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Segregation of the anodic microbial communities in a microbial fuel cell cascade

Hodgson, D, Smith, A, Dahale, S, Stratford, JP, Li, JV, Gruning, A, Bushell, ME, Marchesi, JR and Avignone Rossa, C (2016) Segregation of the anodic microbial communities in a microbial fuel cell cascade Frontiers in Microbiology.

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Metabolic interactions within microbial communities are essential for the efficient degradation of complex organic compounds, and underpin natural phenomena driven by microorganisms, such as the recycling of carbon-, nitrogen-, and sulfur-containing molecules. These metabolic interactions ultimately determine the function, activity and stability of the community, and therefore their understanding would be essential to steer processes where microbial communities are involved. This is exploited in the design of microbial fuel cells (MFCs), bioelectrochemical devices that convert the chemical energy present in substrates into electrical energy through the metabolic activity of microorganisms, either single species or communities. In this work, we analyzed the evolution of the microbial community structure in a cascade of MFCs inoculated with an anaerobic microbial community and continuously fed with a complex medium. The analysis of the composition of the anodic communities revealed the establishment of different communities in the anodes of the hydraulically connected MFCs, with a decrease in the abundance of fermentative taxa and a concurrent increase in respiratory taxa along the cascade. The analysis of the metabolites in the anodic suspension showed a metabolic shift between the first and last MFC, confirming the segregation of the anodic communities. Those results suggest a metabolic interaction mechanism between the predominant fermentative bacteria at the first stages of the cascade and the anaerobic respiratory electrogenic population in the latter stages, which is reflected in the observed increase in power output. We show that our experimental system represents an ideal platform for optimization of processes where the degradation of complex substrates is involved, as well as a potential tool for the study of metabolic interactions in complex microbial communities.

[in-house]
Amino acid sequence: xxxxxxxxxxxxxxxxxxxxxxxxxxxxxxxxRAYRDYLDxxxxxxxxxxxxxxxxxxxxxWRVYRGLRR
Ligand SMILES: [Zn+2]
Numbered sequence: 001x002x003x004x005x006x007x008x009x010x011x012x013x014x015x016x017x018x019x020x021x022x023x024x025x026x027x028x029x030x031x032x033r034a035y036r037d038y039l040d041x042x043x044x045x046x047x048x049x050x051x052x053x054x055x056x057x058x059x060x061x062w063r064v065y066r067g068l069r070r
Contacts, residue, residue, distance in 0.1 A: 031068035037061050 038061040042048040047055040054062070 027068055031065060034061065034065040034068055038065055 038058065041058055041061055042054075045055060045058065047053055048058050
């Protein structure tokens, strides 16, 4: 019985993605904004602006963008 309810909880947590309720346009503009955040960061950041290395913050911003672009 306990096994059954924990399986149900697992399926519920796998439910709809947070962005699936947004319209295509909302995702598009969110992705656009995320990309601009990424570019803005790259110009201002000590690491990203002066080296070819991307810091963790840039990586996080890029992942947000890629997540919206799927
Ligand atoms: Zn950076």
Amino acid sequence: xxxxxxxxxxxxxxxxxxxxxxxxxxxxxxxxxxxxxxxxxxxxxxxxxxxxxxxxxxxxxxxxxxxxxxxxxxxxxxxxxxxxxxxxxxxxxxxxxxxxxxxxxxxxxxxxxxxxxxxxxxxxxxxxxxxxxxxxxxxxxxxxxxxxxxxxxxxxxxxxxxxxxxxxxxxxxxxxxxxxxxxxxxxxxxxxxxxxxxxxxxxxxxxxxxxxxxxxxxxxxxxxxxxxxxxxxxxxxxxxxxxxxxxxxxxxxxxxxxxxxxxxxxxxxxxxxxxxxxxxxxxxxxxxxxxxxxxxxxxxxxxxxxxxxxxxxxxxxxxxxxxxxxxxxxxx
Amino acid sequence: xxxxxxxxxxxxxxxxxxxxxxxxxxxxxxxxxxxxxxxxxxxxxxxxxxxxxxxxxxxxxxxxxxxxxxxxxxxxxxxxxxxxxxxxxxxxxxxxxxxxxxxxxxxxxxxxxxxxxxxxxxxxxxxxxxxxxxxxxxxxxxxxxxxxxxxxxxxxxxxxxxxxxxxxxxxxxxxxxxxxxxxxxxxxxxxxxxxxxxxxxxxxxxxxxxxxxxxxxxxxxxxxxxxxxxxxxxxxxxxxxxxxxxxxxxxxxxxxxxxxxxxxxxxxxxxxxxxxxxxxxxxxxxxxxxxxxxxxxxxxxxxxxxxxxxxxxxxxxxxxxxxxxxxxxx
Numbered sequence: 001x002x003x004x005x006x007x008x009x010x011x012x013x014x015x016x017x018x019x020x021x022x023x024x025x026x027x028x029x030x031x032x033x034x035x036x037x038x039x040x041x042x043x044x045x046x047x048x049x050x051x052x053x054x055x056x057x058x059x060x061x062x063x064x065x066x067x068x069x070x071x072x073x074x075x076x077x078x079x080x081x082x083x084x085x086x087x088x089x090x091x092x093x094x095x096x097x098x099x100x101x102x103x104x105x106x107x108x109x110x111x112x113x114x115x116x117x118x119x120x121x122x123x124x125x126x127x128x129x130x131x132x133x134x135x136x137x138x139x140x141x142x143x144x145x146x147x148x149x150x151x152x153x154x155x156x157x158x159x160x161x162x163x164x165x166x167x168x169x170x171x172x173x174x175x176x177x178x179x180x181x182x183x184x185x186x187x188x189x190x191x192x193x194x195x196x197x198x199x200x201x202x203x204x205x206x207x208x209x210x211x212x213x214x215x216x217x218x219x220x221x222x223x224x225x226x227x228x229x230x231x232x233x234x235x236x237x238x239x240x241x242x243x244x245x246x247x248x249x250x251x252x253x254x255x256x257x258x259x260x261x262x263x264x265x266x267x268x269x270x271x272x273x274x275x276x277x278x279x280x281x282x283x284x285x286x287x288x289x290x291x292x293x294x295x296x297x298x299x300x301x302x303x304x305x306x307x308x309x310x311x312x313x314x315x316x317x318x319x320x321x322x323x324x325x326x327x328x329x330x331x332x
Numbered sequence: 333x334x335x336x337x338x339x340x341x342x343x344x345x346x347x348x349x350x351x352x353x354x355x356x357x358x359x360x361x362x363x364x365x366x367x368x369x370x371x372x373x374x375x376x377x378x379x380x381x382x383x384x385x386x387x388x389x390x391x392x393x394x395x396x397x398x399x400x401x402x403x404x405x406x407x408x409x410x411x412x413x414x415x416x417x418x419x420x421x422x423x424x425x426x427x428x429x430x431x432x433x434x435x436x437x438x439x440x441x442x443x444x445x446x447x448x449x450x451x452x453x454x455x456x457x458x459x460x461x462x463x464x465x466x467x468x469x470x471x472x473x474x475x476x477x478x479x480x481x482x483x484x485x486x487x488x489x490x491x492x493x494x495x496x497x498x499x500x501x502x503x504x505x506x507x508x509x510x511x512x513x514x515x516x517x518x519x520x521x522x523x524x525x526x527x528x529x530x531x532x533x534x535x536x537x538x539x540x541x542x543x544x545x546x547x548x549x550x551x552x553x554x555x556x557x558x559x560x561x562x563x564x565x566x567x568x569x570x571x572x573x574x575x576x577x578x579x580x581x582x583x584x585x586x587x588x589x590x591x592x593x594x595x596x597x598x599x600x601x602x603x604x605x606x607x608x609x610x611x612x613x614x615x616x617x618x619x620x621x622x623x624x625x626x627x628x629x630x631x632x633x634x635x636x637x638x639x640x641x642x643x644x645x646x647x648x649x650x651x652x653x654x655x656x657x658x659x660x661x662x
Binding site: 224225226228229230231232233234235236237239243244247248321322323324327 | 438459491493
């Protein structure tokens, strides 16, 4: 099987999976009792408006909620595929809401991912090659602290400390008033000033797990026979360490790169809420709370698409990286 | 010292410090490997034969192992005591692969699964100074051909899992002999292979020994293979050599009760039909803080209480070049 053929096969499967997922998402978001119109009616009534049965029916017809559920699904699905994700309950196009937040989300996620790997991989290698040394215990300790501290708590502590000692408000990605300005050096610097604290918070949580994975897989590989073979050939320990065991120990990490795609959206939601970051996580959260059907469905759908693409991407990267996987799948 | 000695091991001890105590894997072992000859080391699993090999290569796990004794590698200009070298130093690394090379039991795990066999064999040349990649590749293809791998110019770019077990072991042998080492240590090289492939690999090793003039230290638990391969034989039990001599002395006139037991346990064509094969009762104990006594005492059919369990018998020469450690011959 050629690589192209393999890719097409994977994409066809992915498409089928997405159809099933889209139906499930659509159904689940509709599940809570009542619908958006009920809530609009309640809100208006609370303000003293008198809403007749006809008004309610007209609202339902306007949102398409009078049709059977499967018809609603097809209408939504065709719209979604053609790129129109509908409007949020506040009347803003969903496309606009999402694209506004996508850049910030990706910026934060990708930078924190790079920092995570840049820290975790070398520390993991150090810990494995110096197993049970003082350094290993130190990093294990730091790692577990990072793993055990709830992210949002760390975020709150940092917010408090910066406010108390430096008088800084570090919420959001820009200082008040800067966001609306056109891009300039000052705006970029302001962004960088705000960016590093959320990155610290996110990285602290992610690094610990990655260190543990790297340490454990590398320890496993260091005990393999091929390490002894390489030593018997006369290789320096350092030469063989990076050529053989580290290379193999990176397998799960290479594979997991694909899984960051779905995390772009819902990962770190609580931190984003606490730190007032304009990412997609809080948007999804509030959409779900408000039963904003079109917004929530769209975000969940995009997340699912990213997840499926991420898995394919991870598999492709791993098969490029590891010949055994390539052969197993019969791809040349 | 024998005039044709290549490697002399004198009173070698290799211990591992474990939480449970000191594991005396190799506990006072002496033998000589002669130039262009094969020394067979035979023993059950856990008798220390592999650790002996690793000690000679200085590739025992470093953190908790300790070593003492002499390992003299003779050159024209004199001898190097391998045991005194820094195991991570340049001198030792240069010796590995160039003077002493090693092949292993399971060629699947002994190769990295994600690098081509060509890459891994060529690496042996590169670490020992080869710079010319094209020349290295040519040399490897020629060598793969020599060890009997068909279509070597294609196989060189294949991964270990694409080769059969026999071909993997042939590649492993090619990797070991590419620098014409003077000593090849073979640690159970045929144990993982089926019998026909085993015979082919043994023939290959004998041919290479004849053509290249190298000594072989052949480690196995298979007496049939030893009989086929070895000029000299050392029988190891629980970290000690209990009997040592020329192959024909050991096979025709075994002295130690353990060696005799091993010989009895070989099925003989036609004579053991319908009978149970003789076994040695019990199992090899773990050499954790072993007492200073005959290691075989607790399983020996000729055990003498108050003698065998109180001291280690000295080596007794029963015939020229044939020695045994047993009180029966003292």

Item Type: Article
Divisions : Faculty of Engineering and Physical Sciences > Computing Science
Faculty of Health and Medical Sciences > School of Biosciences and Medicine > Department of Biochemical Sciences
Authors :
Hodgson, D
Smith, A
Dahale, S
Stratford, JP
Li, JV
Gruning, A
Bushell, ME
Marchesi, JR
Avignone Rossa, C
Date : 11 May 2016
Funders : BBSRC
DOI : 10.3389/fmicb.2016.00699
Copyright Disclaimer : © 2016 Hodgson, Smith, Dahale, Stratford, Li, Grüning, Bushell, Marchesi and Avignone Rossa. This is an open-access article distributed under the terms of the Creative Commons Attribution License (CC BY). The use, distribution or reproduction in other forums is permitted, provided the original author(s) or licensor are credited and that the original publication in this journal is cited, in accordance with accepted academic practice. No use, distribution or reproduction is permitted which does not comply with these terms.
Uncontrolled Keywords : microbial fuel cells, microbial communities, electroactive bacteria, metagenomic analysis, metabolite profiling, anodic biofilms
Related URLs :
Depositing User : Symplectic Elements
Date Deposited : 12 May 2016 12:23
Last Modified : 11 Dec 2018 11:22

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